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Accepting the null hypothesis



Accepting the null hypothesis



Memory and Cognition 23(1): 132-138



This article concerns acceptance of the null hypothesis that one variable has no effect on another. Despite frequent opinions to the contrary, this null hypothesis can be correct in some situations. Appropriate criteria for accepting the null hypothesis are (1) that the null hypothesis is possible; (2) that the results are consistent with the null hypothesis; and (3) that the experiment was a good effort to find an effect. These criteria are consistent with the meta-rules for psychology. The good-effort criterion is subjective, which is somewhat undesirable, but the alternative--never accepting the null hypothesis--is neither desirable nor practical.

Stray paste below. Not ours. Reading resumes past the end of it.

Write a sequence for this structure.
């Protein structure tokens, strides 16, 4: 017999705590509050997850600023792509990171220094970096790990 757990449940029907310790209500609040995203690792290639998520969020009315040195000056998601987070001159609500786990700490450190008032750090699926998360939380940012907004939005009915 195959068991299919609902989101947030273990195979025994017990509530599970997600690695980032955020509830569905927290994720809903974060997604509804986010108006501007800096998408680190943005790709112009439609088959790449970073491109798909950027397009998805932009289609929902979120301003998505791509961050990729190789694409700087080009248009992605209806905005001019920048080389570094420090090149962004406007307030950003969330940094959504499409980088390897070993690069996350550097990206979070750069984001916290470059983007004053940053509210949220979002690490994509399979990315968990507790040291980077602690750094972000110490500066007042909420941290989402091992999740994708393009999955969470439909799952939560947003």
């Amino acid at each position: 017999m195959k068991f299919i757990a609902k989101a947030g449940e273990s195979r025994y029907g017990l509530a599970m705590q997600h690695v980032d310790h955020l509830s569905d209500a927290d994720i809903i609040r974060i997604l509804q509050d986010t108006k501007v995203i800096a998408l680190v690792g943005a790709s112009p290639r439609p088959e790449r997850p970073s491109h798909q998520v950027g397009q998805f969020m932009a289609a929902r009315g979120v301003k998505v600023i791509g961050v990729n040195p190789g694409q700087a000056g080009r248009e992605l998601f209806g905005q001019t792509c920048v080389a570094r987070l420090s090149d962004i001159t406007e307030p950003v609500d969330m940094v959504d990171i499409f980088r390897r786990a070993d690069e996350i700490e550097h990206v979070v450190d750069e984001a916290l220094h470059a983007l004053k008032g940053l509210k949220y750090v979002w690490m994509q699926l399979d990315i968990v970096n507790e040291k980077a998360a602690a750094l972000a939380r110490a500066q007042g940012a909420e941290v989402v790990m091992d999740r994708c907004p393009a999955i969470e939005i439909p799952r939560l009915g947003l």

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Accession: 045146177

Download citation: RISBibTeXText

PMID: 7885262

DOI: 10.3758/bf03210562


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